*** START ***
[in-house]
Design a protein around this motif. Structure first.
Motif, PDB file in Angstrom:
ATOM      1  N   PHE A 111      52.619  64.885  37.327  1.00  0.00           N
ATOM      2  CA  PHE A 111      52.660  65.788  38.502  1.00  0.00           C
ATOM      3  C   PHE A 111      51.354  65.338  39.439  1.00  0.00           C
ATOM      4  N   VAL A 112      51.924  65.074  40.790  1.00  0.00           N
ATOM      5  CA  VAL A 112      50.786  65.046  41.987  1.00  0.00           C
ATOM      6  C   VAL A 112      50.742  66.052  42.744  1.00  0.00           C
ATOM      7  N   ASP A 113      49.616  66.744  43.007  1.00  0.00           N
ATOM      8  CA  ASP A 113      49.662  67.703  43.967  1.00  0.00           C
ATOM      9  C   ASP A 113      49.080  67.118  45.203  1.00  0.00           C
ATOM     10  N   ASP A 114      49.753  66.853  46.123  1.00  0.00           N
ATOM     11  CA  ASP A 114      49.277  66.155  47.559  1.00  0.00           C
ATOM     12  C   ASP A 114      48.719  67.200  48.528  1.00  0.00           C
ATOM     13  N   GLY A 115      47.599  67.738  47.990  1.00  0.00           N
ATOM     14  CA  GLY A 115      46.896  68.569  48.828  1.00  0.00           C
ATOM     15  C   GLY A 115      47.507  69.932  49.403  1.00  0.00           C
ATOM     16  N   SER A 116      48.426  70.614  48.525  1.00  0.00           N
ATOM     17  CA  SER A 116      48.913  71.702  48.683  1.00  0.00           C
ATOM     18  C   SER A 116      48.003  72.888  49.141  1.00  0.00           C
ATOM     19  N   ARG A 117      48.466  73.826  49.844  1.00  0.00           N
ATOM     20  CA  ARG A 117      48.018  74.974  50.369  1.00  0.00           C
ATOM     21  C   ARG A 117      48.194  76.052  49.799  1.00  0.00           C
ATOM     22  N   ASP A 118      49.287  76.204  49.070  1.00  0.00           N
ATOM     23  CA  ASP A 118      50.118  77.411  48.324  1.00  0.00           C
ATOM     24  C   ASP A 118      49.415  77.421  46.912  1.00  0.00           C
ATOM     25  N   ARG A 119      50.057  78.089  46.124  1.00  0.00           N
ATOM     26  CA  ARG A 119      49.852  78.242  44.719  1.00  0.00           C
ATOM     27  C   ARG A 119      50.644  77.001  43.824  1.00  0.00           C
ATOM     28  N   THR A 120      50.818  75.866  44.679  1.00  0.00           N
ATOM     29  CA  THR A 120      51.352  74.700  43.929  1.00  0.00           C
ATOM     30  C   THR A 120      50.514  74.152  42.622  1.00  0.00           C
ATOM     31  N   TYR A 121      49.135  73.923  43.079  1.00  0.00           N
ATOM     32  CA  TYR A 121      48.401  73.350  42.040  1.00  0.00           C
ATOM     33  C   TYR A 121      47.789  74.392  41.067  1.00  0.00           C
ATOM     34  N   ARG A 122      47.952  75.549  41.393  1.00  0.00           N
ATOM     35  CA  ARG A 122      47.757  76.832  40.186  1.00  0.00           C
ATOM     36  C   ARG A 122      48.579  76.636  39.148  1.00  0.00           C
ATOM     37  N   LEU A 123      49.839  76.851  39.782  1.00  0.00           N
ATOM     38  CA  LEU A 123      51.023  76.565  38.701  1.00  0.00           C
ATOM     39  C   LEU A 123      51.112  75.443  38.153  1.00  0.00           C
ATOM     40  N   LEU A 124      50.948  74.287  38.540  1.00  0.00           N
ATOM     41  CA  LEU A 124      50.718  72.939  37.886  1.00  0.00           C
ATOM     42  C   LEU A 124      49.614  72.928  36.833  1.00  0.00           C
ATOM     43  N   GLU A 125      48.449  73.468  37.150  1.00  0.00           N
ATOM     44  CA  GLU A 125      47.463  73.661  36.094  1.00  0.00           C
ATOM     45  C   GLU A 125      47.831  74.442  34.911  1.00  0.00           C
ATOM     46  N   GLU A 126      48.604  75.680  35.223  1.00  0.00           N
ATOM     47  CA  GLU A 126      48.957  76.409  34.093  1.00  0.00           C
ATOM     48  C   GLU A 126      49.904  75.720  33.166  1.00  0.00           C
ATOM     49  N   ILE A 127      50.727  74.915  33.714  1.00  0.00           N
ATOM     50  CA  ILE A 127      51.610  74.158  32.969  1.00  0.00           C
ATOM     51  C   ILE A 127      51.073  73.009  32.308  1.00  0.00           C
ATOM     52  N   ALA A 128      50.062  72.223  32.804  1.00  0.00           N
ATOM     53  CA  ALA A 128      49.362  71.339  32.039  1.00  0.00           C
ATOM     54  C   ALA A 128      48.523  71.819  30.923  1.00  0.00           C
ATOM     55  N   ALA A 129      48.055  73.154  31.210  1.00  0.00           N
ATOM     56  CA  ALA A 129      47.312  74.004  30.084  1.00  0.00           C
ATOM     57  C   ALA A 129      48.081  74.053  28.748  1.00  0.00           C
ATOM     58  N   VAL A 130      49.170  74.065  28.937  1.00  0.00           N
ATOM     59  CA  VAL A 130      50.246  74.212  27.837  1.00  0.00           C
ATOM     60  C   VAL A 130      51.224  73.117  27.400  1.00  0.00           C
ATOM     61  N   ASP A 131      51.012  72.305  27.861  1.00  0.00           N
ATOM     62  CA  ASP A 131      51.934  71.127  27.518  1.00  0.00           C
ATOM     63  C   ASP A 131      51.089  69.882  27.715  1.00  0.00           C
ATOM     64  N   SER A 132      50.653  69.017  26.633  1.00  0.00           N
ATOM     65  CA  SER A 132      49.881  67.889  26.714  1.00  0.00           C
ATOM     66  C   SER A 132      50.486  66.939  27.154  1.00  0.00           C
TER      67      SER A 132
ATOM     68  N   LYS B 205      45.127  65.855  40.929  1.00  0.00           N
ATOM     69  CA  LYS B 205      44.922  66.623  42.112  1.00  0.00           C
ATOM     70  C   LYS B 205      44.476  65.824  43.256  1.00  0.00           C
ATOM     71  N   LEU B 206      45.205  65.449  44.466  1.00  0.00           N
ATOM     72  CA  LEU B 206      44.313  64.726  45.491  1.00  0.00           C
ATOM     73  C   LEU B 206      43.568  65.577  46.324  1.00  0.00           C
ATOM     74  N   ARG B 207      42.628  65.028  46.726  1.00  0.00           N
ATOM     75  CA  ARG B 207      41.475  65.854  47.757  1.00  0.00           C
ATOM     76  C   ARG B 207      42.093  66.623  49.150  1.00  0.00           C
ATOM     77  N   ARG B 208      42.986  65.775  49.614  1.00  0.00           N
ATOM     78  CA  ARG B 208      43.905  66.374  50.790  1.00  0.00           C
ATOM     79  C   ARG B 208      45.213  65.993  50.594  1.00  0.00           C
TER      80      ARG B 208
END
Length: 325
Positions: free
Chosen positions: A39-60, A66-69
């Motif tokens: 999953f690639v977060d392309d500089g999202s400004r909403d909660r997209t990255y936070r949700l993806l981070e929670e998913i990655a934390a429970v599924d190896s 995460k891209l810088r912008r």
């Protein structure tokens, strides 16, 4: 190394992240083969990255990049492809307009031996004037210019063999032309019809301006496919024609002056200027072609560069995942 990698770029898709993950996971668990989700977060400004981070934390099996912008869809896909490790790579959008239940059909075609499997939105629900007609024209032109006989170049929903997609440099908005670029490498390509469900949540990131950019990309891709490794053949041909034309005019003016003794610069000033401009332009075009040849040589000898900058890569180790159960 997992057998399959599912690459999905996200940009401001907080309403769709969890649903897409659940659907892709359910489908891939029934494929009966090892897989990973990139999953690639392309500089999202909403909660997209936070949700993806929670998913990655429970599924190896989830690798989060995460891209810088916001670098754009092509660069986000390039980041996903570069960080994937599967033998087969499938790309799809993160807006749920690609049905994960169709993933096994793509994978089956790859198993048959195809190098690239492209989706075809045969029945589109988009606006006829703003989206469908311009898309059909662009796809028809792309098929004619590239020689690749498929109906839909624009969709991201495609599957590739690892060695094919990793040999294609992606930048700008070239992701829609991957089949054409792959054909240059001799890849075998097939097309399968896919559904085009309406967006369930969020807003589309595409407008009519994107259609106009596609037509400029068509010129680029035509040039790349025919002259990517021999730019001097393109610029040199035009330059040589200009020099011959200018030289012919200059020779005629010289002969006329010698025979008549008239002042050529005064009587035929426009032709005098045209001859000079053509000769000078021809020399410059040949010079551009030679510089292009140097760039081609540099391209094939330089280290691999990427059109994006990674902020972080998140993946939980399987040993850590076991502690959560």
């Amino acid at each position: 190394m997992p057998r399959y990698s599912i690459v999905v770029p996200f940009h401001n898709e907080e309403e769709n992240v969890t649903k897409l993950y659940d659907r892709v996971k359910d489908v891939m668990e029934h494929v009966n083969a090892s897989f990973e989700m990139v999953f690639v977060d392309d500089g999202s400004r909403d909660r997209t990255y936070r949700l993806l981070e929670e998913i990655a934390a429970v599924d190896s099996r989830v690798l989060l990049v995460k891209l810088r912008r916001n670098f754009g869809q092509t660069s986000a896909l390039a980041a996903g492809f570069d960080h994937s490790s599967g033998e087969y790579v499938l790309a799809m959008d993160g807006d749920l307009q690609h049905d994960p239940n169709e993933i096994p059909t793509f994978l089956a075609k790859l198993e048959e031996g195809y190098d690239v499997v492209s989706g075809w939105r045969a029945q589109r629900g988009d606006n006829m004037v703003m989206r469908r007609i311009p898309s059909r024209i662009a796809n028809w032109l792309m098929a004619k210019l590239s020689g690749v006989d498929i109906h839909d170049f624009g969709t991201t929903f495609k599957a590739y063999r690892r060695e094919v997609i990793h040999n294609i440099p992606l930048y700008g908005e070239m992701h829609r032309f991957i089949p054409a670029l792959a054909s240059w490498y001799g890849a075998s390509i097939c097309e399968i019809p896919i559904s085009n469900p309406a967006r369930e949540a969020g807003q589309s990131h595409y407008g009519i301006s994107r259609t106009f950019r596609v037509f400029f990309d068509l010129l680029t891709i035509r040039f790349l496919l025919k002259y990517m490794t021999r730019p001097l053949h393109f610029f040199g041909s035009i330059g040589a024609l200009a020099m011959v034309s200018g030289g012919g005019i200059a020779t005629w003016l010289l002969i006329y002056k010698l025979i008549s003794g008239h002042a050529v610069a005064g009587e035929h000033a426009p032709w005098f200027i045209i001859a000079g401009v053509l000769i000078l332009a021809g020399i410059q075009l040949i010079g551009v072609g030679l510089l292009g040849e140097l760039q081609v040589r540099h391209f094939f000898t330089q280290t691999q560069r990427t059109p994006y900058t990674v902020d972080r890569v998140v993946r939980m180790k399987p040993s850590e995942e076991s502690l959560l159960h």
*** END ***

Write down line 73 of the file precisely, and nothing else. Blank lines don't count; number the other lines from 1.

ATOM     70  C   LYS B 205      44.476  65.824  43.256  1.00  0.00           C